What if preschoolers struggle to sound out words?
If your child struggles to sound out simple words, you might think that you should switch to giving them them lists of words to memorize.
That is NOT the answer.
Instead, you need to go back to those pre-reading skills and make sure they’ll all in place … particularly phonemic awareness.
Phonemic awareness is the ability to play with individual sounds in words.
Readers should be able to isolate, blend, segment, and manipulate phonemes.
While we certainly can (and SHOULD) continue to teach phonemic awareness as we teach phonics, if children don’t have the basics, they will not be successful with reading.
Practice ORAL blending if your child struggles to sound out a 3-letter word like hat.
You can say, “Put these sounds together to make a word. /h/ /a/ /m/. What’s the word?” If your child cannot say HAM, then you need to build phonemic awareness before sounding out words.
Build phonemic awareness with our hands-on games!
Phonemic Awareness Games & Activities
Get your preschooler ready to read with this interactive set of phonemic awareness activities.
AFTER preschoolers are starting to sound out words, we can teach “sight words.”
When your child understands the concept of decoding words and is ready to read a simple decodable book, you’ll need to teach the high frequency words that are also included in that book.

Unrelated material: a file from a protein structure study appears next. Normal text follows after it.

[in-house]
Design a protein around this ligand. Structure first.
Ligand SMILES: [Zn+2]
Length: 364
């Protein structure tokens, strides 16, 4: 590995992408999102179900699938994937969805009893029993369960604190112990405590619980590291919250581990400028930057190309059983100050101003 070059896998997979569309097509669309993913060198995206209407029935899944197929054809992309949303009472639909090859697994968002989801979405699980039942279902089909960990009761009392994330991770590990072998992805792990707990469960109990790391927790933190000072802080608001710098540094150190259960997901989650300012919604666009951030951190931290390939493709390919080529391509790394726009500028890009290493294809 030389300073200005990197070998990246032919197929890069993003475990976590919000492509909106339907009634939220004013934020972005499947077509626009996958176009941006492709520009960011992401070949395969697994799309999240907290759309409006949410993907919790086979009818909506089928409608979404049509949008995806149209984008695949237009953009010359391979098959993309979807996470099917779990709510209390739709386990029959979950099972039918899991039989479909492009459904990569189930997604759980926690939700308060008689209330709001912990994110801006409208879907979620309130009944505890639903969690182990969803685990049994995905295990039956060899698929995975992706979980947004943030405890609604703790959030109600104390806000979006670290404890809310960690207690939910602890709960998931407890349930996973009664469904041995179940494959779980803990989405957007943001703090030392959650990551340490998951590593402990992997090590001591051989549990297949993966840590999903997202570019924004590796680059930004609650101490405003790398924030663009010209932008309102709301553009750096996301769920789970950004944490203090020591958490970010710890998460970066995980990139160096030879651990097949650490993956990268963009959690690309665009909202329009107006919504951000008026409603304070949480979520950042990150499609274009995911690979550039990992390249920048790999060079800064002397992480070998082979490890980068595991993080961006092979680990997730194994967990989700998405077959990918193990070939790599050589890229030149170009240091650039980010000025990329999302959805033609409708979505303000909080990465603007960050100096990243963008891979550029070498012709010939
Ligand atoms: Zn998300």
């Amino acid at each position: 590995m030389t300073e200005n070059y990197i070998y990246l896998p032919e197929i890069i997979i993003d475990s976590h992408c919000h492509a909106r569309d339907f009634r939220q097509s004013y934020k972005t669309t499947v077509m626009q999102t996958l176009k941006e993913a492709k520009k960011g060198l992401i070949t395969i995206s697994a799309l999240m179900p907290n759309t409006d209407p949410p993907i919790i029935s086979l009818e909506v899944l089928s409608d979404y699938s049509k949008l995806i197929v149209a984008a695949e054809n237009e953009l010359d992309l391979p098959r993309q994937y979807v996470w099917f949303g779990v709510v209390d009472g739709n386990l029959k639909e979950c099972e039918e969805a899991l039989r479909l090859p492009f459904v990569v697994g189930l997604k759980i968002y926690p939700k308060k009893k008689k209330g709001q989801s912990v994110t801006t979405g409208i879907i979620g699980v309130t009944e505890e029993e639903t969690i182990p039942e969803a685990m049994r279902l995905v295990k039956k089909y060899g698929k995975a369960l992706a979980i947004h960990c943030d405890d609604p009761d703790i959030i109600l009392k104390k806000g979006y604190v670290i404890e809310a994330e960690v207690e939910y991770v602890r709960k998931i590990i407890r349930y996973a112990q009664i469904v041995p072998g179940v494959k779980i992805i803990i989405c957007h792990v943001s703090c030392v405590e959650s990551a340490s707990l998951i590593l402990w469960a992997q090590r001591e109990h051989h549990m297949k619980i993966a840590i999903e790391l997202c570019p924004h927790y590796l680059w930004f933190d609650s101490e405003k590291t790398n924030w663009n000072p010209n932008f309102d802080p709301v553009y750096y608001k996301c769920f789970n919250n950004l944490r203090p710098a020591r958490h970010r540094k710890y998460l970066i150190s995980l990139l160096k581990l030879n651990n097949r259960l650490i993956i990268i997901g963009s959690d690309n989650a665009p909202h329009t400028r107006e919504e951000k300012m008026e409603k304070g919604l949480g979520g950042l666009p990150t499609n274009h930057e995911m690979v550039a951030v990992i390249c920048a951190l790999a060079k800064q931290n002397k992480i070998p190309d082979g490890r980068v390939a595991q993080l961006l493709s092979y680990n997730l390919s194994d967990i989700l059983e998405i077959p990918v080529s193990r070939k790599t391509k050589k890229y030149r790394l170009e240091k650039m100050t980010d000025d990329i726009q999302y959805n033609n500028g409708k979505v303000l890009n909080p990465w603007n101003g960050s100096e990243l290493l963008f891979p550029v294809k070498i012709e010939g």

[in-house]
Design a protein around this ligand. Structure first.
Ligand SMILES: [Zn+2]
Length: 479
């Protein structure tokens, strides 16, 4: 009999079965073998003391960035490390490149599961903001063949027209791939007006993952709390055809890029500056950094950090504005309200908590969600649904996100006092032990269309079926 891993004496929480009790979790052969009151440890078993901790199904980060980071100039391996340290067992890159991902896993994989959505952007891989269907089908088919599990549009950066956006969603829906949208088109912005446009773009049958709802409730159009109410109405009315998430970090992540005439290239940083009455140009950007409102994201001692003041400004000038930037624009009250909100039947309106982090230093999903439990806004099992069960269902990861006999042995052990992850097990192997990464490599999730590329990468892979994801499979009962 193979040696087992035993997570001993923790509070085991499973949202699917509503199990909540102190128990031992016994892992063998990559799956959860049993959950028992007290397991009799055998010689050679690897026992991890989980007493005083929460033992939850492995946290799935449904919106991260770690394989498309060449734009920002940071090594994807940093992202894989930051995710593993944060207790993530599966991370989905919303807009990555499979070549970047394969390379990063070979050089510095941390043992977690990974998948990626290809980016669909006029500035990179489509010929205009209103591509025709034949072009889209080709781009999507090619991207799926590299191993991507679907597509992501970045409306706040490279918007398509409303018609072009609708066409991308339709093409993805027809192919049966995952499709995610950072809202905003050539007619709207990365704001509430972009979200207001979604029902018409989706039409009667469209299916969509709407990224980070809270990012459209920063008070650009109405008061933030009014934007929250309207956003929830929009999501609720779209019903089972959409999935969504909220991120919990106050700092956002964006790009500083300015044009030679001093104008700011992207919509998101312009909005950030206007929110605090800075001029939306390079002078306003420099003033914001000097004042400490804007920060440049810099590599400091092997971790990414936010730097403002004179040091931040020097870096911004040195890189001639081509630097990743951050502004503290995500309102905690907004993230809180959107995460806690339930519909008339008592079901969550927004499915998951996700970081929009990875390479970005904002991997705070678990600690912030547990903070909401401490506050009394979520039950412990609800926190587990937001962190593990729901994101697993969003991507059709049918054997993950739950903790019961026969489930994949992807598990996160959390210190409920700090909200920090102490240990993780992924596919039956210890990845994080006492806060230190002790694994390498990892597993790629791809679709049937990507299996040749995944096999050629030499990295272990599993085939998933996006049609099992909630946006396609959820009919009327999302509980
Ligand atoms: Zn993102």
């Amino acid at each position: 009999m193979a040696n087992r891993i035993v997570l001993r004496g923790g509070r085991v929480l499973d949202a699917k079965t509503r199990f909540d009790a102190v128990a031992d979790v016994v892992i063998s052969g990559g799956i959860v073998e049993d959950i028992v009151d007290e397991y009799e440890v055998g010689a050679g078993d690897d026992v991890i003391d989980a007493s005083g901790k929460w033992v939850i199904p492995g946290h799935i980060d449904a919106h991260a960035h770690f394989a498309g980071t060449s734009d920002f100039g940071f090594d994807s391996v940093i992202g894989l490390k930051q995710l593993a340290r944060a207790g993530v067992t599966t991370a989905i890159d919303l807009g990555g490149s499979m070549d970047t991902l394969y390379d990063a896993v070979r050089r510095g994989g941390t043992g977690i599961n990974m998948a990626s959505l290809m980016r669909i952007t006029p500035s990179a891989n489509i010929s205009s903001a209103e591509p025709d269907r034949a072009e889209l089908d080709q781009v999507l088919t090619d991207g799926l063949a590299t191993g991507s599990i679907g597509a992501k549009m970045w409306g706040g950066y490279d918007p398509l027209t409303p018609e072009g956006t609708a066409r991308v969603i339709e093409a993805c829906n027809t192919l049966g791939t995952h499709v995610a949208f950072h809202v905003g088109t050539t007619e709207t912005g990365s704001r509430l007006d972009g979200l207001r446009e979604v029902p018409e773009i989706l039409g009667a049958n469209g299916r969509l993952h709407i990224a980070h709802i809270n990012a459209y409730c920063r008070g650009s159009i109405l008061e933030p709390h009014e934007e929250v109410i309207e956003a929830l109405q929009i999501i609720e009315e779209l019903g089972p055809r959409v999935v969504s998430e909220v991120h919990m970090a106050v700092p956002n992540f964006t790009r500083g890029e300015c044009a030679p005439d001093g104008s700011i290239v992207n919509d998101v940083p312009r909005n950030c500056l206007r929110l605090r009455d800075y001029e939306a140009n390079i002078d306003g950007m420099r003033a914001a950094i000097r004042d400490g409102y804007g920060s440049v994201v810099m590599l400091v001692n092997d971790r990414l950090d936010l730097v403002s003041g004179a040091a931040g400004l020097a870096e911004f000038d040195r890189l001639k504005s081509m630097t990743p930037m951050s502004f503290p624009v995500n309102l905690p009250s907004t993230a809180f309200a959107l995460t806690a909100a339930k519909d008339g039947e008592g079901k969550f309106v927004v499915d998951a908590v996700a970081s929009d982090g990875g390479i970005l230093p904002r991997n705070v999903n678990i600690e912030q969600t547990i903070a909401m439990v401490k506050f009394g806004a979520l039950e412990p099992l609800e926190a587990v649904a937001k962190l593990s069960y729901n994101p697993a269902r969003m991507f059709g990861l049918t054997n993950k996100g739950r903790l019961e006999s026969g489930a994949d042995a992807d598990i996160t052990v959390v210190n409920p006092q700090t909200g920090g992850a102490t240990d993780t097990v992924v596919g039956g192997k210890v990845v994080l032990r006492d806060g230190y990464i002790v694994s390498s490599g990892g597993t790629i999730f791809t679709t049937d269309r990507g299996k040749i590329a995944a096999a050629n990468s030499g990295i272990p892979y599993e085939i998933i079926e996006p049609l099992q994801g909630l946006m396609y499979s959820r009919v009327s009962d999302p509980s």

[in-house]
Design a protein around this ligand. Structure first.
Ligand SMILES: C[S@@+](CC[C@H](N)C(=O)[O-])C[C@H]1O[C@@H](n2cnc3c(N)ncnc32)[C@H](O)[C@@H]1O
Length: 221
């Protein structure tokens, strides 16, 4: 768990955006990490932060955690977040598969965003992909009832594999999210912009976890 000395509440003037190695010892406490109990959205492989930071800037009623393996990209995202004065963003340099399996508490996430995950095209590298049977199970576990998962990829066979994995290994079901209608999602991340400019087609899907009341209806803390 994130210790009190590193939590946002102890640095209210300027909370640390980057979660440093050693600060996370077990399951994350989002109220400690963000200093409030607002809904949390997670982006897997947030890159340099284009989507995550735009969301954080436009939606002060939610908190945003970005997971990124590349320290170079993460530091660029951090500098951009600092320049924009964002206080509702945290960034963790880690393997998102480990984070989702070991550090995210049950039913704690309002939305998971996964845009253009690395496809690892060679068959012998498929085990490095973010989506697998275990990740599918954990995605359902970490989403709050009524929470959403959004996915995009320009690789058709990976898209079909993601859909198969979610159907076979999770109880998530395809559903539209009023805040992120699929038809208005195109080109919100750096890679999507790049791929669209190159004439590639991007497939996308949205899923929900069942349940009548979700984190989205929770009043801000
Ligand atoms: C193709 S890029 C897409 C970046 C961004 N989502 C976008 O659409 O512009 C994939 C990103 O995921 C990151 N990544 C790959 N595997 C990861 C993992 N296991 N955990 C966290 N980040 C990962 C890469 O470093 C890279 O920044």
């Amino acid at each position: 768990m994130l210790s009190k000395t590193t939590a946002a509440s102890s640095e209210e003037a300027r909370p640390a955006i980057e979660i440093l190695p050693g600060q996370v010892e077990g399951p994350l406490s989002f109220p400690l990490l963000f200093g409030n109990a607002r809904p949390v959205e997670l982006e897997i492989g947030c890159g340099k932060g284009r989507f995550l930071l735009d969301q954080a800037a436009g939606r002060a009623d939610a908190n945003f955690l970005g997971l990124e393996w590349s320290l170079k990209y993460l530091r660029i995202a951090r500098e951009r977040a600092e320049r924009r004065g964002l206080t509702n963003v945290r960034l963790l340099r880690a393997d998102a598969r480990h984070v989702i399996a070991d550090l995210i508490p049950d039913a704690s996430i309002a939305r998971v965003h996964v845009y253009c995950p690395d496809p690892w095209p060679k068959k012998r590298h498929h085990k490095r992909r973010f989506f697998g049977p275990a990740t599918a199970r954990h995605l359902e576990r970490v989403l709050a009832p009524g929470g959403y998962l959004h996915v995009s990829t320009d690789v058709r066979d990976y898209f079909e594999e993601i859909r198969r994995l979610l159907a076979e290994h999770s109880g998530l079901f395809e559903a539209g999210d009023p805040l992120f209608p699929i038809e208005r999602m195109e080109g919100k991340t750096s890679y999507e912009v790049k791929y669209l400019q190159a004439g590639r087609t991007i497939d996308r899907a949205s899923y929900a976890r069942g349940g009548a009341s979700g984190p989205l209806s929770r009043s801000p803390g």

For example, if your child is learning to sound out CVC words, the book’s text may look like this:
“The cat is big.”
To read the sentence, your child needs to know the high frequency words THE and IS.
THE is not a word your child can sound out; you will need to teach him/her to memorize the tricky parts. IS is not as tricky as you might think; just teach your child that the letter S has two sounds: /s/ and /z/, and in the word IS it makes the sound /z/.
What sight words should we teach preschoolers?
In general, I don’t think you should teach preschoolers to memorize words. However, it’s helpful to know a small set of words “by sight” so that your child can start to read decodable books.
Readsters recommends teaching these sight words to pre-readers:
HOW should we teach introduce sight words in preschool?
While flash cards can be helpful for review, that’s not how we should introduce sight words. I’ve got a whole post about how to teach sight words, and I recommend checking it out here.
Here’s a quick summary of my approach:
- Assuming your learner has phonemic awareness and letter-sound knowledge, you’re ready to begin. (Not sure about the phonemic awareness? Give this free assessment.)
- Name the new word, and have your learner repeat it.
- Name the individual phonemes (sounds) in the word. For example, in the word is, there are two phonemes: /i/ and /z/.
- Spell the sounds. Call attention to any unexpected spelling. In is, we spell /i/ with i and /z/ with s.
- If possible, have your learner read related words. Has and his are great words to read alongside is because they are short vowel words with an s that represents the the /z/ sound.
- Have your learner read connected text. Connected text can be decodable sentences or books.
I recommend my high frequency word lessons and books which can be used with kids as young as preschool.
You’re invited to check out the rest of this series!